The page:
import { NgModule } from '@angular/core';
import { RouterModule, Routes } from '@angular/router';

import { HomeComponent } from './home/home.component'; // Assume this exists

const routes: Routes = [
  { path: '', component: HomeComponent },
  { path: 'products', loadComponent: () => import('./product-list/product-list.component').then(m => m.ProductListComponent) },
];

@NgModule({
  imports: [RouterModule.forRoot(routes)],
  exports: [RouterModule]
})
export class AppRoutingModule {}

In the above module, we have configured the route for /products using loadComponent which returns a promise and is resolved by loading the ProductListComponent.

To further enhance the loading fluctuations, we can add the preload: true to it so that the components is loaded upfront by being enabled lazy as shown below:

const routes: Routes = [
  // Other routes...
  { path: 'lazy-component', loadComponent: () => import('./lazy.component').then(m => m.LazyComponent), preload: true },
];

 

How to Import Components and Directives in Standalone Components?

Similar to NgModules, Standalone Components provide flexibility to import components and directives. Let’s have a look at various ways to attain this:

 

1. Direct Import

We can easily import the component or directive from the source file and update the imports array:

import { MyComponent } from './my-component';

@Component({
  // ... other component properties
  imports: [MyComponent]
})
export class MyStandaloneComponent {}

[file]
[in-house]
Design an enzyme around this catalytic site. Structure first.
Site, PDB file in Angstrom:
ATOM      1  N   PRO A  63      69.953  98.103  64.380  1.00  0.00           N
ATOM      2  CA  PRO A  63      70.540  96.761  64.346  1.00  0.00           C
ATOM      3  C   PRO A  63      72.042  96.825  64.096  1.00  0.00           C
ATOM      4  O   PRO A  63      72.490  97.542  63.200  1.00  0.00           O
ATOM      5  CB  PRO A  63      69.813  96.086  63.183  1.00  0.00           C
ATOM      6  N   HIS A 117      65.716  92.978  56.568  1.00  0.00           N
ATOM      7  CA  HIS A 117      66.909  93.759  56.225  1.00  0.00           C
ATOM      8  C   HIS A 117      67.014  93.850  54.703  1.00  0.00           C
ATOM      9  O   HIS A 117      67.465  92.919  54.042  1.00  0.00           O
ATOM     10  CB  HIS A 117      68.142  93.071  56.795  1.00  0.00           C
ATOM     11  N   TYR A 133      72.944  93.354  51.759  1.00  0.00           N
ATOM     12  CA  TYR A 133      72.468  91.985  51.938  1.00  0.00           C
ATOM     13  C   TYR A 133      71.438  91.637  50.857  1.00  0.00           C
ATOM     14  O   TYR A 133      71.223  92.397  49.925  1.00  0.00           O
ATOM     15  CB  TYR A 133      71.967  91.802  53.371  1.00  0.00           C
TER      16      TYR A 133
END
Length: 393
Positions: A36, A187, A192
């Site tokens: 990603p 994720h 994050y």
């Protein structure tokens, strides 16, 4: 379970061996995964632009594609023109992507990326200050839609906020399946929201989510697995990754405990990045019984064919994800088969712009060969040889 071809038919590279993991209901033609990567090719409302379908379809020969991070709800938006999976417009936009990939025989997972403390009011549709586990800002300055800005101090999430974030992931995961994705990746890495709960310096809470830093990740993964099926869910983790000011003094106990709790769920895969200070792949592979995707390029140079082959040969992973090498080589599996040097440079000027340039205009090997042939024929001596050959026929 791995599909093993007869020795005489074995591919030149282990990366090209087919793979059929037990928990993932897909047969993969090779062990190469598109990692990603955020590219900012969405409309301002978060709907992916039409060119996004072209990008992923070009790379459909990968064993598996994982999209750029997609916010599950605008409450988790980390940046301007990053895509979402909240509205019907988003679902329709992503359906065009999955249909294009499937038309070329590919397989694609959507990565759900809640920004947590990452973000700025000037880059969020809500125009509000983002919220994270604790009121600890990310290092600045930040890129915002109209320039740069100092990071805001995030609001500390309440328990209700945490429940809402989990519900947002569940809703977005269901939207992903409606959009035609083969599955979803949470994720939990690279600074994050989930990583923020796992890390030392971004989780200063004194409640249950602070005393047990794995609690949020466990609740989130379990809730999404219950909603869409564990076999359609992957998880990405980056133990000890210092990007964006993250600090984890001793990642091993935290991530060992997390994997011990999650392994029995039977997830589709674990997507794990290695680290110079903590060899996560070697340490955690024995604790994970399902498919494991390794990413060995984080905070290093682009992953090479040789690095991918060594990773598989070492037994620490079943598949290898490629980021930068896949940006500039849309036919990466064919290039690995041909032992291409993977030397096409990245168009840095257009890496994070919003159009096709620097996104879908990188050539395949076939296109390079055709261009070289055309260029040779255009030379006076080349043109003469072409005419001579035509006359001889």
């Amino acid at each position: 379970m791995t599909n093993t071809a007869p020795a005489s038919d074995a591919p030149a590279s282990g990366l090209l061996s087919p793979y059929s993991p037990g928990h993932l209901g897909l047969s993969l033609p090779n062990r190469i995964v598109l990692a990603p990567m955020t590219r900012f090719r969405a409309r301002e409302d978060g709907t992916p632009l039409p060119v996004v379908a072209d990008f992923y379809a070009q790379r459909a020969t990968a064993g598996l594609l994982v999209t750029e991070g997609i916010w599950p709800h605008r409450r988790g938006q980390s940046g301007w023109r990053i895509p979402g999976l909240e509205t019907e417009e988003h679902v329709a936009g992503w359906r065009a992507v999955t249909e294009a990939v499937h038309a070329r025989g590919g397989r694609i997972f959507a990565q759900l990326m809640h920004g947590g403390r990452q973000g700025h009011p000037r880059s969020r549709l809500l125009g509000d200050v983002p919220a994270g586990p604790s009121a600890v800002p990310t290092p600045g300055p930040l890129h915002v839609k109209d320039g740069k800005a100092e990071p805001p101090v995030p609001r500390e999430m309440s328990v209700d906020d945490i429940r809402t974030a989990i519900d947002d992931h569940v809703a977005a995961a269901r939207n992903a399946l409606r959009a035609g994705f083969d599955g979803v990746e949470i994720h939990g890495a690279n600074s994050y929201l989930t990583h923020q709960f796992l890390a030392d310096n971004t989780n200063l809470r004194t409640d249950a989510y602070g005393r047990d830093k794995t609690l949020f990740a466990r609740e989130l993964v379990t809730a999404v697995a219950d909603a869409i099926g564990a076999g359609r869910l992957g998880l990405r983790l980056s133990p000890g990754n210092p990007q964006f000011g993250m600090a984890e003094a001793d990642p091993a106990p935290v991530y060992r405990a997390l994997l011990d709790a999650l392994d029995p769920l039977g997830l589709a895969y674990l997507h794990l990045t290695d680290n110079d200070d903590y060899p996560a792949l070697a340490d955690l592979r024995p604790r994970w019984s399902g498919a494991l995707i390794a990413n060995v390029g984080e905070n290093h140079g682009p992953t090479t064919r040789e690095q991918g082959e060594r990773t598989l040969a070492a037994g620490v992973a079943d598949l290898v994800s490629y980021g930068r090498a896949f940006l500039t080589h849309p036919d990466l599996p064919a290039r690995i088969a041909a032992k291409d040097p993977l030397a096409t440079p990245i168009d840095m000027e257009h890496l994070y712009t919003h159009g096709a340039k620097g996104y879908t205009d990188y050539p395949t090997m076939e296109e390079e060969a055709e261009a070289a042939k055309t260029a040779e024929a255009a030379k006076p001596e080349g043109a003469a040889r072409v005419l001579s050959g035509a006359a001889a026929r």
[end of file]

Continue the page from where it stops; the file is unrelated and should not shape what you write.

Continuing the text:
2. Using @anglular/core

By using the @angular/core module to import the core components/ directives for example ngFor, ngIf etc which comes under CommonModule:

import { CommonModule } from '@angular/common';
import { RouterOutlet } from '@angular/router';

@Component({
  // ... other component properties
  imports: [CommonModule, RouterOutlet]
})
export class MyStandaloneComponent {}

 

3. Using Third-Party Libraries:

If any third-party modules are required, we can directly pull them into the imports array instead of depending on MgModules:

import { MatSliderModule } from '@angular/material/slider';

@Component({
  // ... other component properties
  imports: [MatSliderModule]
})
export class MyStandaloneComponent {}

 

4. Using Lazy Loading

We can also leverage the lazy loading mechanism to import using the loadComponent function within the imports array:

@Component({
  // ... other component properties
  imports: [
    () => import('./lazy-loaded-component').then(m => m.LazyLoadedComponent)
  ]
})
export class MyStandaloneComponent {}

 

5. Using Custom Provider

We can define a custom provider array in the imports section to provide any services or values:

@Component({
  // ... other component properties
  imports: [
    { provide: 'myService', useValue: myServiceInstance }
  ]
})
export class MyStandaloneComponent {}

 

Turn Off Standalone Architecture in Angular 17

Although we are thrilled to learn the new possibilities we can achieve, but transitioning and grooming take time. By moving to the latest NG CLI, it allows to creation of applications without AppModule or NgModule.

Here is how you can create the traditional Angular 17 application with AppModule and a similar structure we had before. Add the --no-standalone flag while creating the application and get the old good flavours as shown below:

ng new my-app --no-standalone

 

Conclusion

In this detailed discussion on Angular Standalone Components, we touched on various features, use cases, and benefits of using them in applications. With robust support of Lazy Loading, Modularity, and Optimisation enablement, Standalone Components open doors to create web component-like structures by leveraging custom element components. Hope this guide will help scratch the surface towards more endless possibilities.

Stay Tuned, there’s a lot to come. Thank you…